Learn about history as you tour this magnificent mansion in the surroundings of a busy metropolis. Be alert for its alleged supernatural hosts.
The Conrad-Caldwell House is a Victorian mansion representing the period in the late 1800s when Louisville, Kentucky, earned its reputation as a city of beautiful homes. It has been lovingly restored to its condition during the Edwardian Age. Take your time at this landmark to learn what it was like to be a part of the town’s high society over a century ago.
Originally called Conrad’s Castle upon completion in 1895, the mansion was equipped with very modern conveniences that included interior plumbing and electric lighting. Look at the magnificent parquet floors and exquisite woodwork that used seven different types of hardwood in different areas of the house. The limestone exterior with its gargoyles, archways and stone reveals its opulent past.
The Richardson Romanesque mansion was designed by renowned Louisville architect Arthur Loomis. The first owner Theophile Conrad grew up in France and enjoyed the wealth his family had accumulated from their ventures in the glue manufacturing business. Theophile became a master tanner and moved to America where he helped start a tannery that he later solely owned. Imagine how proud he must have been to use his income from the new business to build the mansion.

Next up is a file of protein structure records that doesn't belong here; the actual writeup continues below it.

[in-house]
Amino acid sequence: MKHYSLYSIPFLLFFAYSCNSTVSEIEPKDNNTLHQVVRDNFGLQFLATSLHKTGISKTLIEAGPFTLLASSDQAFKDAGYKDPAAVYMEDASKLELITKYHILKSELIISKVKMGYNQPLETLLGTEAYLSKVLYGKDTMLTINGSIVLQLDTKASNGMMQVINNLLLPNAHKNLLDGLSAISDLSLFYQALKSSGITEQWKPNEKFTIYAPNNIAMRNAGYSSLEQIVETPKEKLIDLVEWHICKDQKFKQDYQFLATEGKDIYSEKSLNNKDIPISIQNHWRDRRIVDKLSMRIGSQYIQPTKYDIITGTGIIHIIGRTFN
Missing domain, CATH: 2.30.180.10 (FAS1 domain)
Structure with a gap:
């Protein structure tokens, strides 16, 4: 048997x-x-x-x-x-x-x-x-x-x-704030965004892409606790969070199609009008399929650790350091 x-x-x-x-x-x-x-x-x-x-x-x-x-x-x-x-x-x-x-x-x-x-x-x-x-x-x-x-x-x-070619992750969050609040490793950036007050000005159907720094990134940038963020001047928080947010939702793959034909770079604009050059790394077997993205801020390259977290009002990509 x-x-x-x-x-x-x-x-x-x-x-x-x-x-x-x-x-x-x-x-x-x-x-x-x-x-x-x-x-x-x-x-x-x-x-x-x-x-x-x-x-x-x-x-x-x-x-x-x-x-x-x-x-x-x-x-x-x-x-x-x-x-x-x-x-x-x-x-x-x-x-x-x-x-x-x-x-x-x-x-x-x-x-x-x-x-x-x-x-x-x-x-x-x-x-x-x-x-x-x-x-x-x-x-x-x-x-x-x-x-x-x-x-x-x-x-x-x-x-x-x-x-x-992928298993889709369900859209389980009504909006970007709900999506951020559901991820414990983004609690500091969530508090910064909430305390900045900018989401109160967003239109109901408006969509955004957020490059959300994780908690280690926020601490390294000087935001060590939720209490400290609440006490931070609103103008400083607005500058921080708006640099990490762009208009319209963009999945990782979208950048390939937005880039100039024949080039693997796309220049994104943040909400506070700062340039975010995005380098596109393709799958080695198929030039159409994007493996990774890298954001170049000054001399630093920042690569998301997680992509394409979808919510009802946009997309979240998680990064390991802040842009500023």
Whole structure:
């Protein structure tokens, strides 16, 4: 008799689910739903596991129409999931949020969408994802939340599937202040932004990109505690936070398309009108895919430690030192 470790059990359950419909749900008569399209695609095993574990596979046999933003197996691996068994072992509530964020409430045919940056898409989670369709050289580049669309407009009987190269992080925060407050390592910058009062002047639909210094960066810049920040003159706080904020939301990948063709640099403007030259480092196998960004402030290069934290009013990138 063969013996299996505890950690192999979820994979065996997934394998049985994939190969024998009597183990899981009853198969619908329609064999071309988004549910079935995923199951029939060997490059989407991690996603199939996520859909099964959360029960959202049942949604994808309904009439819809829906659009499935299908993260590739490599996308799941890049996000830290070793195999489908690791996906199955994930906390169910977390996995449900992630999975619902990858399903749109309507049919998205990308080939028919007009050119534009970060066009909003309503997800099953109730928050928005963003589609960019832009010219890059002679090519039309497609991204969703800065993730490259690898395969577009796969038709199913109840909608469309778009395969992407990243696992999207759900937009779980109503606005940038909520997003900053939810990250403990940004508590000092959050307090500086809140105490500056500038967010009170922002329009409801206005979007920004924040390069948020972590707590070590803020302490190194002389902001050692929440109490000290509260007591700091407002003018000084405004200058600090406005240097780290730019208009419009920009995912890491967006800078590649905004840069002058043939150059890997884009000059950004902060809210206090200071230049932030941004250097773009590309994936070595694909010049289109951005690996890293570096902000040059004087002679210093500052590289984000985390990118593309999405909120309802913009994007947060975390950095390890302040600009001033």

Following his death, Conrad’s wife sold the mansion to another successful Louisville businessman, William Caldwell, whose company fabricated water tanks and towers. In 1987, residents in the old section of Louisville bought the building to be run as a non-profit museum.
Family members gave the Conrad-Caldwell House the look it has today. Listen intently to the narration by tour guides. Several are direct Caldwell descendants, who may reveal secrets from the mansion’s ghosts.
The Conrad-Caldwell House is in Old Louisville surrounded by other Victorian homes. It is open most of the year from Wednesday to Sunday. Purchase tickets online, from the visitor center or at the mansion. Admission is free for children under 6 years old. Tours are year-round and last just over an hour. Join a special monthly twilight tour from April to September, perhaps giving your best opportunity to see a ghost. Check the events calendar for lecture and concert schedules.